Milk Chocolate and Bourbon Truffles
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Chocolate and spirits have a great affinity for each other, and in this truffle recipe from Chocolates El Rey, the Venezuelan producer of fine chocolate uses its milk chocolate with delicious results.
Variations for finishing the truffles can include rolling them in cocoa nibs or cocoa or drizzling them with dark or white chocolate.
Yield: About 2 dozen medium truffles
8 oz. El Rey Caoba Milk 41% chocolate
1/3 cup heavy cream
2 tbsps. butter, at room temperature
2 tbsps. bourbon
1 lb. milk chocolate, melted and tempered
Finely chop the milk chocolate.
Bring the heavy cream to a boil. Remove from the heat and add chocolate. Whisk together until the chocolate melts and mixture is smooth.
Add soft butter and bourbon to the chocolate mixture. Whisk together until combined (do not over mix). The ganache should be about the same temperature as the butter when you add the butter (do not add butter to a warm ganache).
Allow the ganache to harden. I normally allow the ganache to sit overnight before using it.
Scoop truffles with a melon baller. Fill the scoop 3/4 full for average size truffles. Round each truffle between your palms. Chill slightly before dipping or rolling them.
Temper the chocolate:
Slowly melt 10 oz. milk chocolate in a double boiler. Melt over steaming but not simmering water.
Meanwhile, chop the remaining 6 oz. chocolate. The temperature of the chocolate should reach 120 degrees (slightly hot to touch).
Remove chocolate from heat. Add a handful of the chopped chocolate to the ganache. Stir until the chocolate is melted.
Repeat this procedure. Continue adding chopped chocolate and stirring until chocolate is beginning to set up around the edges of the bowl and the chocolate in the center of the bowl will harden within 1-1/2 minutes when it is tested by dipping a knife into it.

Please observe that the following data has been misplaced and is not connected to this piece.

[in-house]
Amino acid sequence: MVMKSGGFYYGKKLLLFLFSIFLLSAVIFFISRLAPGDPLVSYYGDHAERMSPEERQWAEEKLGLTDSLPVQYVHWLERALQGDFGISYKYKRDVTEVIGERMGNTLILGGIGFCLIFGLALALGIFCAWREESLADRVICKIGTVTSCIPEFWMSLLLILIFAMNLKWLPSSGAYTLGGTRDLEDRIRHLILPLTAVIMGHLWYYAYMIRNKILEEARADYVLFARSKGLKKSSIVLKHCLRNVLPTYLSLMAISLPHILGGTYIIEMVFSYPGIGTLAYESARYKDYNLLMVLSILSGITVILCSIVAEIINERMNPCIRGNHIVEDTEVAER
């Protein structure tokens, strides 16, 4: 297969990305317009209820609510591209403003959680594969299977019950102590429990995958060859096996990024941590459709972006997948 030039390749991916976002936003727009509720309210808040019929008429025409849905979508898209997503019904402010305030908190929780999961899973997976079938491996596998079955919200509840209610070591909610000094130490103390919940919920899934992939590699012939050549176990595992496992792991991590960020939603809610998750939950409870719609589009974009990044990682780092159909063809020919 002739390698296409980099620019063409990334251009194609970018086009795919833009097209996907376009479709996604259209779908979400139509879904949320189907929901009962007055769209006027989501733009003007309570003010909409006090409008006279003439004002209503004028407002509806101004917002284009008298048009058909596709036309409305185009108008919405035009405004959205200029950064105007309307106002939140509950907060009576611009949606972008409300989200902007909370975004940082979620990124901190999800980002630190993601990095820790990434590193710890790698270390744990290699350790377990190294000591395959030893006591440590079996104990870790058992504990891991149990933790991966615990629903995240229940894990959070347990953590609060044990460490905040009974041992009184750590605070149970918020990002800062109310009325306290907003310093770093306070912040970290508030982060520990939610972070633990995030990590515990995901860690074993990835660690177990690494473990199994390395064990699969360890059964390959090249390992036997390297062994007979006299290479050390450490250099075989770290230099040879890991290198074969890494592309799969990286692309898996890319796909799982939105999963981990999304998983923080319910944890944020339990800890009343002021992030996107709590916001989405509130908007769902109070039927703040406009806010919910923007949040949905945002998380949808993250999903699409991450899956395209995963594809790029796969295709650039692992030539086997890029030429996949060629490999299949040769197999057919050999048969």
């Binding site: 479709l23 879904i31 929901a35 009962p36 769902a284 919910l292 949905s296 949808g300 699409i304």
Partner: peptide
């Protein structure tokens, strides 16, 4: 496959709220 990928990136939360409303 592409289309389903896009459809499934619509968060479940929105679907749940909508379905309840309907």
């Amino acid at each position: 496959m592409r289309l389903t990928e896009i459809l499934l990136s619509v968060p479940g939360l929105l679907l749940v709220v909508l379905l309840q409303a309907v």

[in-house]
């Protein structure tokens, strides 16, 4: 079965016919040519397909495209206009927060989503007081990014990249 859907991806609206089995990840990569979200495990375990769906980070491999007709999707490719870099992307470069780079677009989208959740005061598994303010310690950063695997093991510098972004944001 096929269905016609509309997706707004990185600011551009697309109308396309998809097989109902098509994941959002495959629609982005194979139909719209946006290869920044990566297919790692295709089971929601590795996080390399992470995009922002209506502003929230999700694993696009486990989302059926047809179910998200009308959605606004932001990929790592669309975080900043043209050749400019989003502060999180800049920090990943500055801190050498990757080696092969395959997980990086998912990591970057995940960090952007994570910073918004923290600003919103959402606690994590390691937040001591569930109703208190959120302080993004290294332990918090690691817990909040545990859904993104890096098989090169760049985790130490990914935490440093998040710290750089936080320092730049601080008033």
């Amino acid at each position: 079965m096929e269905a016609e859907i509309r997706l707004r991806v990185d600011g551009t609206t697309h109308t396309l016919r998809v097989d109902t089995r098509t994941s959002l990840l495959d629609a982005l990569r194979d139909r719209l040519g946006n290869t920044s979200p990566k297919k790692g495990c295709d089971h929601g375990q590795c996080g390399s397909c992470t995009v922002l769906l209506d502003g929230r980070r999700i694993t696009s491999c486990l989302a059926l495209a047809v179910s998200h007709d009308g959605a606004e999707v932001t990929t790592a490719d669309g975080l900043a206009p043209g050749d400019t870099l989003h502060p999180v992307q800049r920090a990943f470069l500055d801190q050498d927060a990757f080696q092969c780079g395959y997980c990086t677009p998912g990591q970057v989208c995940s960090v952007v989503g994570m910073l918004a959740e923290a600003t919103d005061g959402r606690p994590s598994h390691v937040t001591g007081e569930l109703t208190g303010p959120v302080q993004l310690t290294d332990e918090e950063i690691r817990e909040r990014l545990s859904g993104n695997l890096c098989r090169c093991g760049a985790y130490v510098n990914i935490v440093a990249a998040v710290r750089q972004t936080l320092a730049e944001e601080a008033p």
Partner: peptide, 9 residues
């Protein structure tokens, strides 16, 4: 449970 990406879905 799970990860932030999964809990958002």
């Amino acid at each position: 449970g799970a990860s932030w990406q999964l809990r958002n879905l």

The chocolate is now ready to use. If there are any unmelted bits of chocolate in the bowl, move them to the side of the bowl. Should the chocolate harden too much to use, place the bowl of chocolate over a pot of hot water just long enough to warm the chocolate (do not return the chocolate to direct heat).
For rolling the truffles:
Place a little of the tempered milk chocolate on each palm.
Dip a truffle into the chocolate (halfway or so) and roll the truffle between your palms until coated with chocolate.
Set the rolled truffle on a sheetpan lined with parchment paper to dry. If the chocolate is properly tempered and you are in a cool room, refrigeration should not be necessary. The chocolate should harden within 1-1/2 minutes. If it doesn't, the chocolate is too warm and not properly tempered.
Repeat this process. Each truffle should have two coats of chocolate.
Dip the truffles in tempered milk chocolate. Use a dipping fork and remove as much excess chocolate as possible to avoid a "foot" at the base. The dipped truffles may be decorated with white chocolate by drizzling the white chocolate over the truffles or by using a parchment bag to pipe it in a design.
Roll the truffles (as explained above) and then drop them into cocoa powder, ground nuts, or nibs, coating on all sides. This will change the appearance, texture, and flavor of the truffles.
To achieve a spiky appearance, roll the truffles around on a wire rack after the second coating of chocolate.
NOTE: Ideally, chocolates should not be refrigerated. Moisture collects on the chocolate giving it an unattractive appearance and rendering it useless (in its pure form) for melting and reusing. Truffles can be refrigerated in adverse conditions but it is not recommended.
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